July Wishetwurra Farm Up Close

Early July is a good time for nearsighted people to explore a garden.


Wild sweet peas. Lathyrus.

We’re not troubled by being able to focus far away, and can get right to the business of seeing what’s in front of our noses.


You saw the aphid?

Plants have so many adaptations that help them survive. In the tropics, where too much water can be a problem, many leaves have “drip tips” that help to shed rain. In drying climates, some plants are able to collect water and direct it to their roots. Squash does this. So does corn.


Dry spell corn, after a foggy night. Watering itself! Moisture has condensed on the leaves and run down the stalks to the earth near the plant’s roots. You can see the dark patch made by this collected water.

In early July, tomatoes are getting near.


These “Premio” tomatoes (from Fedco) are whitening. When a tomato starts to whiten it’s a sign of the red to come.

The first ripe tomatillo has burst its sheath.


Here’s a pollinator, probably from the wild colony that lives under one of my outbuildings, coming in for a squashblossom landing.


 Thanks to all this bee traffic, the squash is producing exuberantly.

I got a pinch of poppy seed from a friend years ago. They now self-sow in the garden, and each year we let some of them bloom. If we didn’t weed the “volunteers” down to a few, we’d have nothing but poppies in the garden.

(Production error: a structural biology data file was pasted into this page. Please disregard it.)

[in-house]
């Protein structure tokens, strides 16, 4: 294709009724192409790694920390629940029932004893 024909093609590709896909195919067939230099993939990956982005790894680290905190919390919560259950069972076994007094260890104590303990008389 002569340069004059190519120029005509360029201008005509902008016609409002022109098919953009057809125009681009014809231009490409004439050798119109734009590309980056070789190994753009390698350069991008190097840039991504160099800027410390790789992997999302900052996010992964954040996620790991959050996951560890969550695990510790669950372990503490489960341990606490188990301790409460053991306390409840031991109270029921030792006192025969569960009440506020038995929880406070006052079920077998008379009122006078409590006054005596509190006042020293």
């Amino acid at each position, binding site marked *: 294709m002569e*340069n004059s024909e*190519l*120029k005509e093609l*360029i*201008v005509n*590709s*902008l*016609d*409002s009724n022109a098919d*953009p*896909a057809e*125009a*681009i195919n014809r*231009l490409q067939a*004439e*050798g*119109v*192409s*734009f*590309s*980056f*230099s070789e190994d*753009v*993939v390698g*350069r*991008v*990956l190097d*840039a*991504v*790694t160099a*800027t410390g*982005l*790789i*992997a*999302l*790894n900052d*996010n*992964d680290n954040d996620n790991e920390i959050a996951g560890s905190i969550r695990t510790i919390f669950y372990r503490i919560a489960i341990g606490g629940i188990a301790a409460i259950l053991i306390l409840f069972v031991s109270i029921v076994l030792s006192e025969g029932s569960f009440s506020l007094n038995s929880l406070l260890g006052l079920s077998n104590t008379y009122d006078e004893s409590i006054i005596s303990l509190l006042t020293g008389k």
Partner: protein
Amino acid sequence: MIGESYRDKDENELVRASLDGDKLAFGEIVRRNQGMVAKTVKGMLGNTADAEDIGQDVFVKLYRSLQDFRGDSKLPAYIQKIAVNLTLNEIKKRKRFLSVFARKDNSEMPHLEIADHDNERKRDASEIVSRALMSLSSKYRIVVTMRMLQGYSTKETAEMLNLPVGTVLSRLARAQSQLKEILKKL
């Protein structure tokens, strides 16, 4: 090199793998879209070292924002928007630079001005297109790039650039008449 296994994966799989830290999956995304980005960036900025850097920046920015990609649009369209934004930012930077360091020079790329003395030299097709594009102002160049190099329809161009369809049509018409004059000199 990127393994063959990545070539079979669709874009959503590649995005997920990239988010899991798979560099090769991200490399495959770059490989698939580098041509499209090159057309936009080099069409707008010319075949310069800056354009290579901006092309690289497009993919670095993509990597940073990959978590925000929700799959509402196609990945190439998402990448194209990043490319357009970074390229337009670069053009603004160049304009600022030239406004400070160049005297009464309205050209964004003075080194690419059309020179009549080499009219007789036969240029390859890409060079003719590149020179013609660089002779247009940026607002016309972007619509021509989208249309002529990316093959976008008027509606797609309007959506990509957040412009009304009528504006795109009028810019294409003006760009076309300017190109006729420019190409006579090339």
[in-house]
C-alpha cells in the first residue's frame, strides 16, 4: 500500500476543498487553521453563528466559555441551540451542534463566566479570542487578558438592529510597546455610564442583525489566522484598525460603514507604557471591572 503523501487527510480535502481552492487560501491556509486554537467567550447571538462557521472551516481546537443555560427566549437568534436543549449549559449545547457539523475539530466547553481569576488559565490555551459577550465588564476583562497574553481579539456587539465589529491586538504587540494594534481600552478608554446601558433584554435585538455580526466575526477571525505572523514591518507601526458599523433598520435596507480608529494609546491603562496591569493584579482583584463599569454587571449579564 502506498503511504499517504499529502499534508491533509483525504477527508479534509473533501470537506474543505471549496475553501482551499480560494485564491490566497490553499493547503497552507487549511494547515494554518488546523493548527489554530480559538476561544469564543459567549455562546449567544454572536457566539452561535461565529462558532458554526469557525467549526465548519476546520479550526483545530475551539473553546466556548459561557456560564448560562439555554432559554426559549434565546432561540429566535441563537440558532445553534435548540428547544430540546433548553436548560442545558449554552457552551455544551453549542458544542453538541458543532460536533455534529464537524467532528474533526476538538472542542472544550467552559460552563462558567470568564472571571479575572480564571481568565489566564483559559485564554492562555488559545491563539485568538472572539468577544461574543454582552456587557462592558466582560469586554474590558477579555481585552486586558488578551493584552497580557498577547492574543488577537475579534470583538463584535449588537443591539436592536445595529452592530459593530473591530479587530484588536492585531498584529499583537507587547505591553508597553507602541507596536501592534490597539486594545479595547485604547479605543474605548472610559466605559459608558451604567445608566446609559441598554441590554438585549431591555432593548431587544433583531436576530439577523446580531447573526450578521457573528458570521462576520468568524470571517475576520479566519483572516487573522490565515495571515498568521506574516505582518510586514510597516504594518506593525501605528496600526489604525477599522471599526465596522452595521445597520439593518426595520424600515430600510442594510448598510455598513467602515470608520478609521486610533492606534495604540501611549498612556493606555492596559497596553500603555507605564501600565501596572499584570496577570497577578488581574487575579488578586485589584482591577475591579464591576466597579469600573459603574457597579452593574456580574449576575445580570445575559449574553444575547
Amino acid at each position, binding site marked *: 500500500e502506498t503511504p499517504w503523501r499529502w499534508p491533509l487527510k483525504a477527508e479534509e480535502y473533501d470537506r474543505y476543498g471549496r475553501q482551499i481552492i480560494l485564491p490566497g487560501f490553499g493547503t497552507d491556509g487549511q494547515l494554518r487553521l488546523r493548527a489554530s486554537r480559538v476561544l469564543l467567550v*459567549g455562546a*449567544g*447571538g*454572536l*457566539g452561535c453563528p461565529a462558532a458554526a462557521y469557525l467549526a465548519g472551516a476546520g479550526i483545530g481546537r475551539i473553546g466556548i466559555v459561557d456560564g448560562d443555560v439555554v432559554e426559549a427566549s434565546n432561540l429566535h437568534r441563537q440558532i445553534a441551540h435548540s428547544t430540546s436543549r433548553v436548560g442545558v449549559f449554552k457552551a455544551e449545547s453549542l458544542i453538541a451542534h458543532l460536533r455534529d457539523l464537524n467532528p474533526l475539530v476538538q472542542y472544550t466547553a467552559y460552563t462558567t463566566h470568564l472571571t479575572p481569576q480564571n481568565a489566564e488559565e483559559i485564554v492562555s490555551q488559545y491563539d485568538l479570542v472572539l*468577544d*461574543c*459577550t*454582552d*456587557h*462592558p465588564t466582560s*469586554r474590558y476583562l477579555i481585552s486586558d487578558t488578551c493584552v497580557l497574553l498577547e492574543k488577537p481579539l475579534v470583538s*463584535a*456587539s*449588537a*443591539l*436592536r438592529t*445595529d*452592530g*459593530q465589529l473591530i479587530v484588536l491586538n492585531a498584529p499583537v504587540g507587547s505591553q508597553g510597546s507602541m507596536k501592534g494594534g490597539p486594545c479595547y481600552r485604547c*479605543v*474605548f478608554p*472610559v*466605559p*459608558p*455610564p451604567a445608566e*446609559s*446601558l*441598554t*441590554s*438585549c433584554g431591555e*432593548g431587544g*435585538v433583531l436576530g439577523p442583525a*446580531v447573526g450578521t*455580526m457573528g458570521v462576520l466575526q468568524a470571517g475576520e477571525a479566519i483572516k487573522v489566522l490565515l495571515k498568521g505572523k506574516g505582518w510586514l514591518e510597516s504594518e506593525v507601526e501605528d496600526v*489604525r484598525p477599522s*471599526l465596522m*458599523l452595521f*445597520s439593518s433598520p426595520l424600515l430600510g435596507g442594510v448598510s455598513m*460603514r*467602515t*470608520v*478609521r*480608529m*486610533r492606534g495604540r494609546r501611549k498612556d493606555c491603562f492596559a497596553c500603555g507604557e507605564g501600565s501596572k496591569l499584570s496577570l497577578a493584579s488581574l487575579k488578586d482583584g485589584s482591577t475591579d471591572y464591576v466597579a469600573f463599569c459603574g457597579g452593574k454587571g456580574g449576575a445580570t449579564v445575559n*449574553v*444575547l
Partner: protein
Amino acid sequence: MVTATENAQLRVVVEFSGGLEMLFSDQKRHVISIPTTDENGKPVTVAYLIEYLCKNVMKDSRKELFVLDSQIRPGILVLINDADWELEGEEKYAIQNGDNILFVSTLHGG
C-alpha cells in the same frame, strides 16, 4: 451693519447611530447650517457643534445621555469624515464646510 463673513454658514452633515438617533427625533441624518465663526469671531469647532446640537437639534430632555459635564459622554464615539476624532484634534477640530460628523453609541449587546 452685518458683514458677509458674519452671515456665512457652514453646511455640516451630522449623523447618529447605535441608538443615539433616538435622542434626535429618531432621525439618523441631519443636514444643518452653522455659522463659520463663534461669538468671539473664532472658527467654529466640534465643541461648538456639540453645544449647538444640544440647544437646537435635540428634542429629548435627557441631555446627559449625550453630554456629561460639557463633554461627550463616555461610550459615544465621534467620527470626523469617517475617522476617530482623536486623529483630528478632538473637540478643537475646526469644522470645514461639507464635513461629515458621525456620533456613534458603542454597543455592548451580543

Honeybees adore poppies, as you can see by the number of visitors in this single blossom. 

An easter lily, from a long-ago easter, comes up again, and again, year after year.


In which we have Easter in July.

Another plant which volunteers is the leek. Garlic also volunteers enthusiastically. Many wasps and bees particularly love alliums, so not every plant gets deadheaded.


Leek flower, budsheath bursting.

Another self-sower is the blackeyed susan, the rudbeckia.


We’ve planted various varieties in the past, so every volunteer puts out a different flower. This one is particularly dark and impressive.

A to Z.

Alliums to Zinnias.


We’ve at least four or five different zinnias this year. Here’s a patch of the old “Cut and Come Again”.

Over the last few years I’ve been appreciating zinnias more.

Their colors are strong.


They’re a fascinating flower, particularly as they are opening.


I love the extending, unfurling petals, and the feathery structures in the center of the opening bloom.


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